At this point, all of the instances in the figure above have been completely built. The NAT iNet Gateway, AD Domain Controller, Install Server, and Bastion host are completely configured. (Not bad — you’re 40% through the process after just 30 minutes.) Once instances have been created, the next step is to configure the XenApp components, including the XenApp data collectors, Web Interface, and Worker servers. To do this, you connect remotely to the Bastion host. From there, you use the RDP client to connect to the Install Server (10.0.1.9) to complete the following steps:
- Open a PowerShell prompt.
- Change directory to C:\Program Files (x86)\citrix\App Delivery Setup Tools.
- Execute the template .\AWS-Farm-Build.ps1.
- Answer a few configuration questions and type YES.
- Wait about 2 hours.
Should this process fail, you can try troubleshooting, or in most cases, it is faster to just delete the AWS stack and start over. The scripts are fairly robust and provide useful troubleshooting messages. If nothing goes wrong (sometime errors might occur due to timeouts, not unexpected on a public cloud), all the XenApp servers are installed and joined to the farm, and the Web Interface server and Licensing roles are installed. This means the farm is 90% configured with only licensing, publishing applications, and Access Gateway components left to complete.
Licensing and Administration Tasks
To configure licensing and publish applications, use the Bastion host to RDP to 10.0.1.6, the XenApp Data Collector. The role manager wizard starts automatically and you need to configure the licensing service for the server. It is probably best also to launch AppCenter and configure a policy to set the license server to 10.0.1.6 for all farm servers. At this point, you can publish applications to the worker group and test access by going to the site http://xenapp-wi.domain.com/Citrix/InternalXenApp from one of the XenApp servers.
Configuring Remote Access
The Access Gateway AMI is an existing AMI that we are reusing for this configuration. As such, the appliance must be configured to point to our cloud resources. You can connect to the admin console (using the credentials admin/admin) by going to https://10.0.0.170/lp/adminlogonpoint from an internal host (such as the Bastion host or the external interface via the Elastic IP address instead of 10.0.0.170 in the previous URL). Once connected, update the following sections:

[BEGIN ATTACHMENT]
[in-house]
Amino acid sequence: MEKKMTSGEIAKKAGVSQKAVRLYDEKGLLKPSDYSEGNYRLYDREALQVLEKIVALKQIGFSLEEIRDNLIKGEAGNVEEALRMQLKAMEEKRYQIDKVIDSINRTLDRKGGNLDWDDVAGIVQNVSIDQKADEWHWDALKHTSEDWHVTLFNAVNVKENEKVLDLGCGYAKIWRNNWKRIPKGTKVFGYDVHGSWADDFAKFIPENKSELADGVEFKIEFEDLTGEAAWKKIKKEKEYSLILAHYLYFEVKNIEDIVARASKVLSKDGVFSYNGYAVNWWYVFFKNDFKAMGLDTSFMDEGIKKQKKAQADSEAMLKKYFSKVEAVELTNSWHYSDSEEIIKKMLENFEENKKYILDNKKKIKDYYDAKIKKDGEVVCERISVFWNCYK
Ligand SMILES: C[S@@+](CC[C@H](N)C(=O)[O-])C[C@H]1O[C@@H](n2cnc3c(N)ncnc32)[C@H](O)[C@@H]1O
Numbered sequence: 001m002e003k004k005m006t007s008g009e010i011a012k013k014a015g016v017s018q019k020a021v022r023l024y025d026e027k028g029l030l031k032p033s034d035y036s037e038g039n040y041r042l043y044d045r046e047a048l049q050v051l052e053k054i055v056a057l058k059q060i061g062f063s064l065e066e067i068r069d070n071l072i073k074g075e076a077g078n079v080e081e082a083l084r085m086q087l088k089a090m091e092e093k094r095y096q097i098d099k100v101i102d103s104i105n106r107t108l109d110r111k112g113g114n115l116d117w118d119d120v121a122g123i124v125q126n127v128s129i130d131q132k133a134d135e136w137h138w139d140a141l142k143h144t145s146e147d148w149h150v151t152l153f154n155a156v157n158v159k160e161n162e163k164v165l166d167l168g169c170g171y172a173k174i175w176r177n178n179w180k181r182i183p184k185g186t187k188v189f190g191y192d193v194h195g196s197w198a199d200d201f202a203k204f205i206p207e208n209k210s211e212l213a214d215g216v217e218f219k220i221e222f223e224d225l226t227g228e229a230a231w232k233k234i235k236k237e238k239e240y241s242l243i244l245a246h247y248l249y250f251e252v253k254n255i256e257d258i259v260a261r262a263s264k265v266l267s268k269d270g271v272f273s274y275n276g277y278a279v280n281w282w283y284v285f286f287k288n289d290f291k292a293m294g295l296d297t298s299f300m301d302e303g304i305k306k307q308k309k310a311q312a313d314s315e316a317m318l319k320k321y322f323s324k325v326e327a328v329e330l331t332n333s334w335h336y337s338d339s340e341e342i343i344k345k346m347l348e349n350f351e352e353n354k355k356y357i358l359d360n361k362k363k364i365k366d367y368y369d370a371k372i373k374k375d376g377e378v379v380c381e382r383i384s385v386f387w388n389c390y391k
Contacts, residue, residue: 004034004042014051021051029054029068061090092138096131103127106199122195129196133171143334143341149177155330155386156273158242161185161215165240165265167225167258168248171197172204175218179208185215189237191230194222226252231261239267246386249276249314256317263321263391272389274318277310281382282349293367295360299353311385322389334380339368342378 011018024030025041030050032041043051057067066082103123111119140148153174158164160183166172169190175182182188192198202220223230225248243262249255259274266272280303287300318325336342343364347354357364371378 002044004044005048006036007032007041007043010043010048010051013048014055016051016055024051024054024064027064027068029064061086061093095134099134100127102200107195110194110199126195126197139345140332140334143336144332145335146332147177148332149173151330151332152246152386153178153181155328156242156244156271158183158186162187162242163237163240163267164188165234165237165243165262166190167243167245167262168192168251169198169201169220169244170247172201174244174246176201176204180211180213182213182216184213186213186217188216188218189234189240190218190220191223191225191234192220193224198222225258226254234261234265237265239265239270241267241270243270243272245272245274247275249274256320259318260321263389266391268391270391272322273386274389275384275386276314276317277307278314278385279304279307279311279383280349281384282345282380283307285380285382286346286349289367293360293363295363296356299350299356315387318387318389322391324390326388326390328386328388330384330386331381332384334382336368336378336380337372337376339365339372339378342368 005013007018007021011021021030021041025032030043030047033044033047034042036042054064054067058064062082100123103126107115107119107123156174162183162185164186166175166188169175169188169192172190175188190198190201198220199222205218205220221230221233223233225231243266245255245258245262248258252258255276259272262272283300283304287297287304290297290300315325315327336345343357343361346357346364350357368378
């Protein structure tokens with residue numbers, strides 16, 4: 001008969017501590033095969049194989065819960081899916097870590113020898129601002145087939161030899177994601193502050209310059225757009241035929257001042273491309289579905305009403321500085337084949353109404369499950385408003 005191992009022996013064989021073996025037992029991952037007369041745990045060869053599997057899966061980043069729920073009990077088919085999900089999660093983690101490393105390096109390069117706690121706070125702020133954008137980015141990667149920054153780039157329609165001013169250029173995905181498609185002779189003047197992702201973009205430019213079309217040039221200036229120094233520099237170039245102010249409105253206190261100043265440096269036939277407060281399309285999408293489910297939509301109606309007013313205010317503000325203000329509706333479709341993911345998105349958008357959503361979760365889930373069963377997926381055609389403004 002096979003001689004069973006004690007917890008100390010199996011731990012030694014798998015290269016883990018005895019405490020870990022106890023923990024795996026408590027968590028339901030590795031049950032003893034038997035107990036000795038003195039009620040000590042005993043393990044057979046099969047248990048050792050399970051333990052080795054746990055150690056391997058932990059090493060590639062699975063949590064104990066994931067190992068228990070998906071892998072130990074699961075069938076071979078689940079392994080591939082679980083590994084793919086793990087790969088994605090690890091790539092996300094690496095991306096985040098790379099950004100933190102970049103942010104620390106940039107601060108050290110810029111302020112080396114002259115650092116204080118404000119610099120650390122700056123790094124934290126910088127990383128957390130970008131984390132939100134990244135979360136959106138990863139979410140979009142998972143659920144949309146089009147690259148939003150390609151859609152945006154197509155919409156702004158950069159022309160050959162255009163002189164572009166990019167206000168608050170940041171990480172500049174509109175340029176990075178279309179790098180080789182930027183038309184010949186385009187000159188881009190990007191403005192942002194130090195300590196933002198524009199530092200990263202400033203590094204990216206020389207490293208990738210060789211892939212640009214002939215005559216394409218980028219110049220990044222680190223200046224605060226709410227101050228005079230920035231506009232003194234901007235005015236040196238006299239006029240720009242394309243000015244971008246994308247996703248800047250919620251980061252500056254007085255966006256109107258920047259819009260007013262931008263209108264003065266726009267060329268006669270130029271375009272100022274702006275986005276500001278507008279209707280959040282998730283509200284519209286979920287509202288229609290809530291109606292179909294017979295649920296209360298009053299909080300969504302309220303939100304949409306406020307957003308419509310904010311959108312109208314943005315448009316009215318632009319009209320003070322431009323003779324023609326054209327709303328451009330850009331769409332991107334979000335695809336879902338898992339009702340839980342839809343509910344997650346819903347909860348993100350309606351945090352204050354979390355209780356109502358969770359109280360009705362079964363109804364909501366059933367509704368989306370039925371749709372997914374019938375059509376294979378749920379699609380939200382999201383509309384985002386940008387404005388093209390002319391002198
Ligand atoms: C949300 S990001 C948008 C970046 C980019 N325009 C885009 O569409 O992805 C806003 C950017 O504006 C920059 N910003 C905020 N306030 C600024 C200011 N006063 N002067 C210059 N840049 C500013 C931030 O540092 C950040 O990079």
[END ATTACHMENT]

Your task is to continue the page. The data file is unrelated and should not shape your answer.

- Secure Ticket Authority – Delete the existing one and add the FQDNs of XenApp.domain.com and XenApp-BDC.domain.com on port 8080.
- XenApp or XenDesktop – Set the range of IPs to be x.x.x.5 – x.x.x.254 and enable Session Reliability protocol.
- Logon Points – Point the Web Interface site to http://xenapp-wi.domain.com/Citrix/XenApp.
- Licensing – Provide a valid license file. Without it, connections through the Access Gateway will fail.
- Admin Password – Please change the admin password immediately. Failure to do so leaves open an entry point that can that can result in a security breach.
- Name Service Providers – Update the DNS name servers if the VPC subnet IP addressing scheme was changed from the default.
- Networking – Update the networking IP address and default gateway if the VPC subnet IP addressing scheme was changed from the default.
- Certificates – Add a valid SSL certificate to the AG appliance.
- Reboot the Access Gateway.
Once the configuration tasks are complete, you should be able to successfully connect to the Elastic IP address assigned to the Access Gateway and launch an application.
Wrapping it up
Should you wish to watch these steps in action, follow the video blog available on CitrixTV, which we are in the process of editing. We’ll update this blog with the Citrix TV URL when we’ve finished.
Now you have a new XenApp farm in the cloud. Take advantage of it for:
- Application Testing
- Business Continuity
- Testing XenApp performance in the cloud
- Learning how to manage AWS resources
Comments and feedback about the CloudFormation template are most welcome. In future blog articles, I’ll discuss how to create your own AMI images to use with the CloudFormation template as well as a little more about some of the secret sauce that we used that makes this possible. Also, as the CloudFormation template evolves, I’ll post new versions.